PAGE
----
Welcome to Dubrovnik Croatia, The Pearl Of The Adriatic!
I don’t remember what inspired me to photograph this ancient city but I’m glad I did. I seem to have a thing for old cities. I was born in the United States where the oldest things we have are Politicians. There aren’t too many ancient walled fortress towns lying around. I mean, we do have a Colosseum and a miniature version of Venice, but they’re both in Las Vegas.
I love spending time in these beautiful places and I try to carefully craft my photographs to reflect that same beauty. I don’t just mean with post processing and clever camera tricks (though those certainly help). The simple truth is that most of the magic simply comes from identifying the best time of day to shoot. By taking this small step, you end up with the best lighting scenarios.
Since weather is predictably unpredictable, this process isn’t always reliable. There are so many times that I’ve set up for a sunset only to have the sky fill up with clouds and become overcast. When this happens, it can really rain on your parade.
And speaking of rain, I’ve had complete trips that have been rained out. — Last time I went to Venice for a photography project, it rained non stop for 5 days! I can’t recall how many bottles of wine I consumed on that trip but the fact that I can’t remember, speaks volumes about the volume.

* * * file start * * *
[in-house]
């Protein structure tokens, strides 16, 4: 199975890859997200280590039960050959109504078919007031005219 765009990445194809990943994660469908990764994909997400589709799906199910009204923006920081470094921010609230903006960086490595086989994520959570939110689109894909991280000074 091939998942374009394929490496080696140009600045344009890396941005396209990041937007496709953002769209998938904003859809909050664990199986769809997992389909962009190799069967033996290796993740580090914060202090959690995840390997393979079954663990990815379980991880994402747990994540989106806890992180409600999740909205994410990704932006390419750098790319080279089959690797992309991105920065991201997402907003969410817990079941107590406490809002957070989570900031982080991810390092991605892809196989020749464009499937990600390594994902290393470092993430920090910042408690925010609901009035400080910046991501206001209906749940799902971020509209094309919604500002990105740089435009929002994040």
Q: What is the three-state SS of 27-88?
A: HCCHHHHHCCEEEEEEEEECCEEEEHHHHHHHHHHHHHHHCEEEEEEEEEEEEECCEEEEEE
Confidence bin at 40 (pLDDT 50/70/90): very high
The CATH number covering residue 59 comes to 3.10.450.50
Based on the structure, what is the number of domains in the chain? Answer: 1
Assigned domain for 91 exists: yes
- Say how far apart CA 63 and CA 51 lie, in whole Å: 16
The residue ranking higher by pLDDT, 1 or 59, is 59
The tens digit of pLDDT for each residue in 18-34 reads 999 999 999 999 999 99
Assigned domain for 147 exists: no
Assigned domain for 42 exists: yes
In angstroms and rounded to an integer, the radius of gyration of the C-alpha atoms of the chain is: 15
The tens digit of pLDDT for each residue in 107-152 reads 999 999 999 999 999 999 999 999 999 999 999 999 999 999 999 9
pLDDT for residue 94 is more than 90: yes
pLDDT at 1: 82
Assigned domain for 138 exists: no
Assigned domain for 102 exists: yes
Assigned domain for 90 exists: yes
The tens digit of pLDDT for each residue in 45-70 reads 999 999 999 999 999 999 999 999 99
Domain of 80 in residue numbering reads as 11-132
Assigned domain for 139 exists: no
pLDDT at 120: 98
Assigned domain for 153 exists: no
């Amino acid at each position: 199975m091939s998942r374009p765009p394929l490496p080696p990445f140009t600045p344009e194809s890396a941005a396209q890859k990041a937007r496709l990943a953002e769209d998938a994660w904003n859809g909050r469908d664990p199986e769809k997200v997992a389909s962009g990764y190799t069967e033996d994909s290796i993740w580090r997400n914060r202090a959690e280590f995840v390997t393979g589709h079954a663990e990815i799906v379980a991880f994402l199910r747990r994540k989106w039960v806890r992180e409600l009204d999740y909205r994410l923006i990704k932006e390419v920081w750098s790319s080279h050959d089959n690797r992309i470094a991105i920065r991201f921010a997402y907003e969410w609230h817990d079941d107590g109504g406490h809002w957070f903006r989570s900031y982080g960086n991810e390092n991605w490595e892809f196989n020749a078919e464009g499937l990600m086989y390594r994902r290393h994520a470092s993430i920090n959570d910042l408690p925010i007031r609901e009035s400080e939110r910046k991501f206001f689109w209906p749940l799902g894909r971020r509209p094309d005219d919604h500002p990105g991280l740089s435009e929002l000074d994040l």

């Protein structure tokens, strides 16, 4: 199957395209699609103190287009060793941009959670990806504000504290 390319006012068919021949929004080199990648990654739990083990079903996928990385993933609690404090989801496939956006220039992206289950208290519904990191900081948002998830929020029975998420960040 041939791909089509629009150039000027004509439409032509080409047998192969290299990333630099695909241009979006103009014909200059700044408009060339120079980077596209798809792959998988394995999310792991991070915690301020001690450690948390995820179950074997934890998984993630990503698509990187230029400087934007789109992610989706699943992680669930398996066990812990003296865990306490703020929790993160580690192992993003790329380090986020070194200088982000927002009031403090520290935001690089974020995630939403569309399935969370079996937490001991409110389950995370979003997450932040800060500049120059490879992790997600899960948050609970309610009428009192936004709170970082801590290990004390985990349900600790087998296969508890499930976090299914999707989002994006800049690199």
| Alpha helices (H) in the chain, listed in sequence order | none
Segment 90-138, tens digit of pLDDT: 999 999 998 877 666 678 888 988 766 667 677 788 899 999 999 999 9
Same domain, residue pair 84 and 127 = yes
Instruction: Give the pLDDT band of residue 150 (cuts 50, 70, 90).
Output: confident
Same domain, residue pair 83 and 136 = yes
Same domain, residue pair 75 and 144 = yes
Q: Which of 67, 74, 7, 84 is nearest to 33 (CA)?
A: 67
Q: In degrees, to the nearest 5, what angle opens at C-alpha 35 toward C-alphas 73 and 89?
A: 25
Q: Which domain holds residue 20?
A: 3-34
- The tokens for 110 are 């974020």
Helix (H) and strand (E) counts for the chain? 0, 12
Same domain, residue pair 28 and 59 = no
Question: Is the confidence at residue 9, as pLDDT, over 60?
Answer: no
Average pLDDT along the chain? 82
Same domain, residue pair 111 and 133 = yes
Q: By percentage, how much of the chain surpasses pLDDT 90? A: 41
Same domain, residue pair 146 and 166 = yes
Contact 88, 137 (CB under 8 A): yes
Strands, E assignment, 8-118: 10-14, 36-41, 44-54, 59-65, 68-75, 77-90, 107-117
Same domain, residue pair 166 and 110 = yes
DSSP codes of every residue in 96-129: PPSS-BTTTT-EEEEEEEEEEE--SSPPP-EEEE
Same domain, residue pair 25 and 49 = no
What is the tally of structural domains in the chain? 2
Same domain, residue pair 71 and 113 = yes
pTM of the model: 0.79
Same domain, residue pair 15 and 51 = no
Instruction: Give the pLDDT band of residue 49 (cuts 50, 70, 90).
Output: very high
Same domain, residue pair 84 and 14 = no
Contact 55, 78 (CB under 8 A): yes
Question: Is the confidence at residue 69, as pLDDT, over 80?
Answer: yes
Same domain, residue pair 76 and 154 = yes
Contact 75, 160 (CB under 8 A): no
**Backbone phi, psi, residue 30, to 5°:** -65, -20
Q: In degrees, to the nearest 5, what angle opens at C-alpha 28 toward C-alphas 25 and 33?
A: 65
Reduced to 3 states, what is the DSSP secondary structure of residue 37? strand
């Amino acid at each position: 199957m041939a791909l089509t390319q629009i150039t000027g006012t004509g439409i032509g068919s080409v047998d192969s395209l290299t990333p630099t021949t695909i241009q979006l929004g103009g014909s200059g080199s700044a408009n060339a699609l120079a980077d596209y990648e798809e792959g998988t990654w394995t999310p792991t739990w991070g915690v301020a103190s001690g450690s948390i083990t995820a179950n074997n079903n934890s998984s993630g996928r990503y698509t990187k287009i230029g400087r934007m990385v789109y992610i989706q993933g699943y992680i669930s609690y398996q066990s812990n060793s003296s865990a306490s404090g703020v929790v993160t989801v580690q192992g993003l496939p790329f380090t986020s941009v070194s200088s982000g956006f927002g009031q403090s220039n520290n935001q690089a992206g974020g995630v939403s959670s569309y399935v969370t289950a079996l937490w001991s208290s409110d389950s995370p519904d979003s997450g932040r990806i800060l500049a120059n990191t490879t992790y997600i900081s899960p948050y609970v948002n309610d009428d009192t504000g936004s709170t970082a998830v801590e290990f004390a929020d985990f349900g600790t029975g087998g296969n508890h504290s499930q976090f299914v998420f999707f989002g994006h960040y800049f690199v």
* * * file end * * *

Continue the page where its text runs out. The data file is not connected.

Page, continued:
So, the long and drawn out point I’m trying to make is: Always shoot a backup and NEVER put off a shoot if you have favorable weather! Never say, “gosh, with all this swell weather, I have all week to shoot a sunset.” If you do, Murphy will fly over and personally lay down his law. Zeus will throw thunderbolts and all that shit. Trust me, get it while you can.
I shot “The Pearl Of The Adriatic,” during Golden Hour (note the golden light on the subject). This short window of time is extremely susceptible to cloud interference. If one naughty cumulus cloud moves over the sun, say goodbye to all that beautiful light. Because of this, I also shot an alternate during a late afternoon.
Shooting a few alternates, can really reduce those, “Aw crap! I should have shot it at (this) time,” moments. And isn’t it always good to have some options?
Another aspect to shooting multiple lighting scenarios is: client preference. Since I deal in image licencing, people like to have options. They may prefer something overcast or something in full sun. You never really know and often the client loves the one you don’t. You can always sell that one to him and show the favorite in your portfolio.
So if you have the time, go for some alternate shots, you’ll be happy you did. If you’re on a limited time span, go for the gold. Try and get there for the perfect moment. And if you see Murphy out there, punch him in the face for me.